Published: Nov. 11, 2018 By

Mourning cloak butterflies, Nymphalis antiopa, have an immense geographic range that circles the globe in the northern hemisphere. They are native to North America, Europe and Asia, and in some areas they migrate with the seasons. 

For example, mourning cloaks occupy the central valleys of California in spring, move to the high Sierra in summer, and return in fall. In Europe, they migrate between Germany and Greece. But mourning cloaks are also notable for their diets, feeding behavior, coloration, defenses and overwintering.

While most butterflies overwinter as eggs, larva or pupae, mourning cloak adults overwinter in crevices of bark or in leaf litter. They occasionally fly about on warm days in mid winter, and so they are frequently the first butterflies seen in spring and the last in fall. They seem to thrive in the colder environments at high latitudes and elevations. 


A mourning cloak butterfly sips nectar from rabbitbrush flowers. Click on this link or photo to see larger image. Photo by Jeff Mitton.

When adults emerge in spring, males establish mating territories in protected sites or in prime feeding sites and court the females that visit their territories. Shortly after mating, females lay rings of eggs on the terminal branches of their host plants, so that first instar caterpillars can feed immediately. The host species are black willow, weeping willow, silky willow, American elm, plains cottonwood, quaking aspen, paper birch and hackberry. 

Mourning cloak caterpillars are most commonly known as spiny elm caterpillars, a name that calls attention to their defensive spines. The caterpillars shapes and colors announce that they are defended and not to be trifled with. They grow to a length of two inches and are black with tiny white dots and a line of eight large, bright-orange dots on the back. 

Rings of large, branched black spines protect the full length of the caterpillar. These can both pierce and deliver poison to a curious or threatening animal. Beneath the spines a coat of fine white hairs provides a second line of defense. 

The spines are known to be urticating, or hooked in such a way that once embedded, they naturally work their way deeper. I suspect that the hairs are urticating as well. Contact with the spines and hairs creates a stinging sensation immediately and a prolonged, festering itch caused by urtication.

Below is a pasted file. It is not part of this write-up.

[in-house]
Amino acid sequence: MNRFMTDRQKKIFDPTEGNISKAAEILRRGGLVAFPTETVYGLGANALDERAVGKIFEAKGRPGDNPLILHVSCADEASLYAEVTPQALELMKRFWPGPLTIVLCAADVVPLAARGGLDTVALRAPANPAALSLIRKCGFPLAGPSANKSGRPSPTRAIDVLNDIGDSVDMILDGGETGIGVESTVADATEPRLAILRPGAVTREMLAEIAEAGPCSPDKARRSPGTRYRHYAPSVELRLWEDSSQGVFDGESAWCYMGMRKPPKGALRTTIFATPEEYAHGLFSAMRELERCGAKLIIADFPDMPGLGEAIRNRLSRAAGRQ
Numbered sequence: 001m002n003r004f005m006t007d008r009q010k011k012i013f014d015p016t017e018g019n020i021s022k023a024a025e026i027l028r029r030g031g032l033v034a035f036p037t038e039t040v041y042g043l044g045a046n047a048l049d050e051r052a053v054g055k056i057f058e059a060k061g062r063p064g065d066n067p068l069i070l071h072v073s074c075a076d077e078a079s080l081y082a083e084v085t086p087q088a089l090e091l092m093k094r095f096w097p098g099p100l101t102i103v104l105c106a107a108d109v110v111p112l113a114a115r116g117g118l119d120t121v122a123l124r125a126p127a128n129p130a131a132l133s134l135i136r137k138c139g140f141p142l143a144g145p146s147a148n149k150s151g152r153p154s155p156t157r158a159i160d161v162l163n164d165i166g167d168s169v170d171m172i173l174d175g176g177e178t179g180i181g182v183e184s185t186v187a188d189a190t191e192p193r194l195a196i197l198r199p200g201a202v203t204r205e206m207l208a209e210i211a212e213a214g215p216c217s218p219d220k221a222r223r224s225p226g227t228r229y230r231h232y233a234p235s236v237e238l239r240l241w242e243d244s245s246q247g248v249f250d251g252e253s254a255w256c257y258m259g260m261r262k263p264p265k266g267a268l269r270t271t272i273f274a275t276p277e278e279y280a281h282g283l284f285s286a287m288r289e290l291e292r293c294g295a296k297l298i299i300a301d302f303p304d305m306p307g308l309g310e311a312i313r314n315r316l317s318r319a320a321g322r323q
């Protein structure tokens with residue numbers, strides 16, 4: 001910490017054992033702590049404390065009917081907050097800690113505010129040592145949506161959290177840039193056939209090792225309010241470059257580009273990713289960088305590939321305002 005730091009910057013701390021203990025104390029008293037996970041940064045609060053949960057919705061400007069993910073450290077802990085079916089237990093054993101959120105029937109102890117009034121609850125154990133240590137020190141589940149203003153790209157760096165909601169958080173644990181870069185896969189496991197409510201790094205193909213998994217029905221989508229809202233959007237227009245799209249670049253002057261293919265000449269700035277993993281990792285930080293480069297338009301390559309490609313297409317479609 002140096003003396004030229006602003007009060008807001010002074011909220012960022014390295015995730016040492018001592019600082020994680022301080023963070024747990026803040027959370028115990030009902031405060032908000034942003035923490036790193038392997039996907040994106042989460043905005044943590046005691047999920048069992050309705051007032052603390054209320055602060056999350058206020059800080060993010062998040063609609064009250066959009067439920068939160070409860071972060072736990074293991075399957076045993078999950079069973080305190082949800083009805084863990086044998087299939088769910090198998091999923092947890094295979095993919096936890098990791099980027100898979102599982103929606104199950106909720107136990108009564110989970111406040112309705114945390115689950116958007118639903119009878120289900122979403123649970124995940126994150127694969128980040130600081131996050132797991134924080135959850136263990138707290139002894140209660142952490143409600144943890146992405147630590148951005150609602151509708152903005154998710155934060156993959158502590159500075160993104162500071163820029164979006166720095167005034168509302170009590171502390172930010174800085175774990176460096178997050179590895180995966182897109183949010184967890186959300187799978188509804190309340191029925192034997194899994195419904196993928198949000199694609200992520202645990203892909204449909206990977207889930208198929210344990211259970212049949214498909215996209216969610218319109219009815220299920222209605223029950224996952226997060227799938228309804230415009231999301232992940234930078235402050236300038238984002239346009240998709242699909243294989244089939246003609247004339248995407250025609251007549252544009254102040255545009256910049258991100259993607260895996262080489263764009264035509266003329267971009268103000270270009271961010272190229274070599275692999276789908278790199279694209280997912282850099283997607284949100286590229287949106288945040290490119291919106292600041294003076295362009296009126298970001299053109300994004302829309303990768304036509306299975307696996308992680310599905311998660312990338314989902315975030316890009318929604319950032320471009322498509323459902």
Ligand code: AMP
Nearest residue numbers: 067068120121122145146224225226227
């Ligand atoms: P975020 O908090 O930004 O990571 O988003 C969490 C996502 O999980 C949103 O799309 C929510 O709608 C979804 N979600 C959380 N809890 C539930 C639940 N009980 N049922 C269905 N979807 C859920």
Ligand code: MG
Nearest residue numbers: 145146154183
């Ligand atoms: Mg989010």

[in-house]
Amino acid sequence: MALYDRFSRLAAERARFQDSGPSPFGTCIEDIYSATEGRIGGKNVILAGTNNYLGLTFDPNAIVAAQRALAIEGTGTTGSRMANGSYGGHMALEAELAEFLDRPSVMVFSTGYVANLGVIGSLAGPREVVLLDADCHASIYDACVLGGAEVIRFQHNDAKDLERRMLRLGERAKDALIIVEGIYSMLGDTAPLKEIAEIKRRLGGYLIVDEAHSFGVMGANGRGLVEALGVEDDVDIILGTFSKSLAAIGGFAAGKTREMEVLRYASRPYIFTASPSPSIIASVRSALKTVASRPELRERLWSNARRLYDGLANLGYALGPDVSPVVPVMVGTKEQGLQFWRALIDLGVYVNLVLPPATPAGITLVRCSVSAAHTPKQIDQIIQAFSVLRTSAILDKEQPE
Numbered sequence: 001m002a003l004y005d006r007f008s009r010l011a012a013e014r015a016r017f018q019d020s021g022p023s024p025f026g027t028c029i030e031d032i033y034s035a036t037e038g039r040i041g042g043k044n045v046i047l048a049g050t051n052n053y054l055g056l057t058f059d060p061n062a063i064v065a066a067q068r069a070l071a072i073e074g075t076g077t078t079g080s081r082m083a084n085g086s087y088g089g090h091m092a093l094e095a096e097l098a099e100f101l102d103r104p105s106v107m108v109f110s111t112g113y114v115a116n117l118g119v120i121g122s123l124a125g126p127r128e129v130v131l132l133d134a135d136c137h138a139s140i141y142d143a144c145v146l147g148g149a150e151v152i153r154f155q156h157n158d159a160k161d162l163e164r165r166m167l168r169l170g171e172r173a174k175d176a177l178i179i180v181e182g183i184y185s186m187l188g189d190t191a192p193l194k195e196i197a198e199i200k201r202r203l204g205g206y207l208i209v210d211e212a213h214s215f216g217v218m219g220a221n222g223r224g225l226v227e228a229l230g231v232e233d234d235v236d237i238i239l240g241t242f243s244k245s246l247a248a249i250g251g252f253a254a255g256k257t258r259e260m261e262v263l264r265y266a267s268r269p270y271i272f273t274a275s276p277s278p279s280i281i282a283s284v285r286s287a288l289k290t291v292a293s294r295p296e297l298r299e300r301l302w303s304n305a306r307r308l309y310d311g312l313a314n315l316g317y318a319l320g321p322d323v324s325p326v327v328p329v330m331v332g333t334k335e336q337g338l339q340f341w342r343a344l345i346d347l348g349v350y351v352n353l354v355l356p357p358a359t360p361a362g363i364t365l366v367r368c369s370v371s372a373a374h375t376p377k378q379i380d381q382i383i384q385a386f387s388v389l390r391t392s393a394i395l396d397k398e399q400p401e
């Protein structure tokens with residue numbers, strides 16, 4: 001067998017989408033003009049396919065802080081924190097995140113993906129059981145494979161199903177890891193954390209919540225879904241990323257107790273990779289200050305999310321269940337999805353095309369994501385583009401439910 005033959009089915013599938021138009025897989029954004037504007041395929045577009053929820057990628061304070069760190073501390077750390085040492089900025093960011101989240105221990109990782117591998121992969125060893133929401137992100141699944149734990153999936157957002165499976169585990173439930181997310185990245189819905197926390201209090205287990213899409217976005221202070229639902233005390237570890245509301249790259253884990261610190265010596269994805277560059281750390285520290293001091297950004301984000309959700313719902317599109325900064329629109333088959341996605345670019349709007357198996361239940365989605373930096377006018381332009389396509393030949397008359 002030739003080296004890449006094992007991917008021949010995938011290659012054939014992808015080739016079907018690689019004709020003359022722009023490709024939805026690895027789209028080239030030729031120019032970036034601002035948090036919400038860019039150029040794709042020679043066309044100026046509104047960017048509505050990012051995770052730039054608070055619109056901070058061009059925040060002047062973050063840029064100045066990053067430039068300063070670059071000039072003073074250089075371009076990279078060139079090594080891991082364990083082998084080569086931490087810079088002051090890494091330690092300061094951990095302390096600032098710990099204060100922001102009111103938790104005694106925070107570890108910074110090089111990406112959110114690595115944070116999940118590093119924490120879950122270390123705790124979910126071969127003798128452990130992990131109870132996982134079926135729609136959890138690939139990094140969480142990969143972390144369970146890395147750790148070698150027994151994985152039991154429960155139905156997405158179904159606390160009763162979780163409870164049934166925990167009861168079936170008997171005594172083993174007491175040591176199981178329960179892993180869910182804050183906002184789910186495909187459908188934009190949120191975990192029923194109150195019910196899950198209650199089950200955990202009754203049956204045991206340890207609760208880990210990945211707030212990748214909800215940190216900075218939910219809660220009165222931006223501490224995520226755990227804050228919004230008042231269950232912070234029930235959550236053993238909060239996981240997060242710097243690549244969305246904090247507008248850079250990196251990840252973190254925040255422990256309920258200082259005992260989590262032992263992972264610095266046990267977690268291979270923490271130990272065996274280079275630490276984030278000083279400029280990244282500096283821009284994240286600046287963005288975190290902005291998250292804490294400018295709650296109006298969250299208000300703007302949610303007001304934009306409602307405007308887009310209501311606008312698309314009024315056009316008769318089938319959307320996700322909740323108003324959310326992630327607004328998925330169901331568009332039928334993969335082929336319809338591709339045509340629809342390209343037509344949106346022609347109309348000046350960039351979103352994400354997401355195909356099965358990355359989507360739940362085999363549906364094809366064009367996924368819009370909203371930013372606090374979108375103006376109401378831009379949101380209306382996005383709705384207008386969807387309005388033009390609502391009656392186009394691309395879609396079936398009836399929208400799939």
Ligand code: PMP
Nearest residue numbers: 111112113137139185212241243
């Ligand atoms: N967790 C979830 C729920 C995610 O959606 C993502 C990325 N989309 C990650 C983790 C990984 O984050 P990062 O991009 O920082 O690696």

Amply defended caterpillars can enhance advertisement of their defense by feeding in dense aggregations that make their colors, horns and hairs more conspicuous. Furthermore, spiny elm caterpillars packed on top of a leaf can animate their advertisement by violently twitching in unison as a predator approaches, creating a bizarre and threatening display.

Feeding aggregations of spiny elm caterpillars can be seen from a hundred feet away and they are also made evident by defoliated patches of leaves. In contrast, caterpillars of species lacking defenses are cryptically colored and they feed individually, either at night or during the day from the underside of a leaf.

While caterpillars display overtly conspicuous behavior and warning coloration, adult mourning cloaks, lacking defenses, have colors and a pattern that camouflages them on tree bark. When they want to rest in safety, they land on bark and fold their wings so that only the ventral wing surfaces can be seen. The ventral surfaces have stripes of black and dark gray that look like tree bark.

I found the mourning cloak (in the accompanying photo) when I was trying to photograph the beavers living at the confluence of the Green and Yampa Rivers in Echo Park, Dinosaur National Monument. 

I had been stalking the beavers for two days without success when this large, dark butterfly sipping nectar from bright yellow rabbitbrush blooms distracted me. At the time, the proximity of mourning cloaks and beavers did not occur to me, but background reading for this column has convinced me that their sympatry was more than random coincidence. 

Mourning cloaks most prefer the sap of trees, but will also drink fluids from fermenting fruit and are only occasionally seen sipping nectar. Beavers at this site utilize Fremont’s cottonwoods, Populus fremontii, for food, which they cache on the riverbank. Beavers in British Columbia frequently cut aspen and cottonwoods, and numerous mourning cloaks feed on the sap flowing from them. Looking back on my encounter with the mourning cloak, the butterfly was not attracted by rabbitbrush, but by the beavers, which were inadvertently feeding it.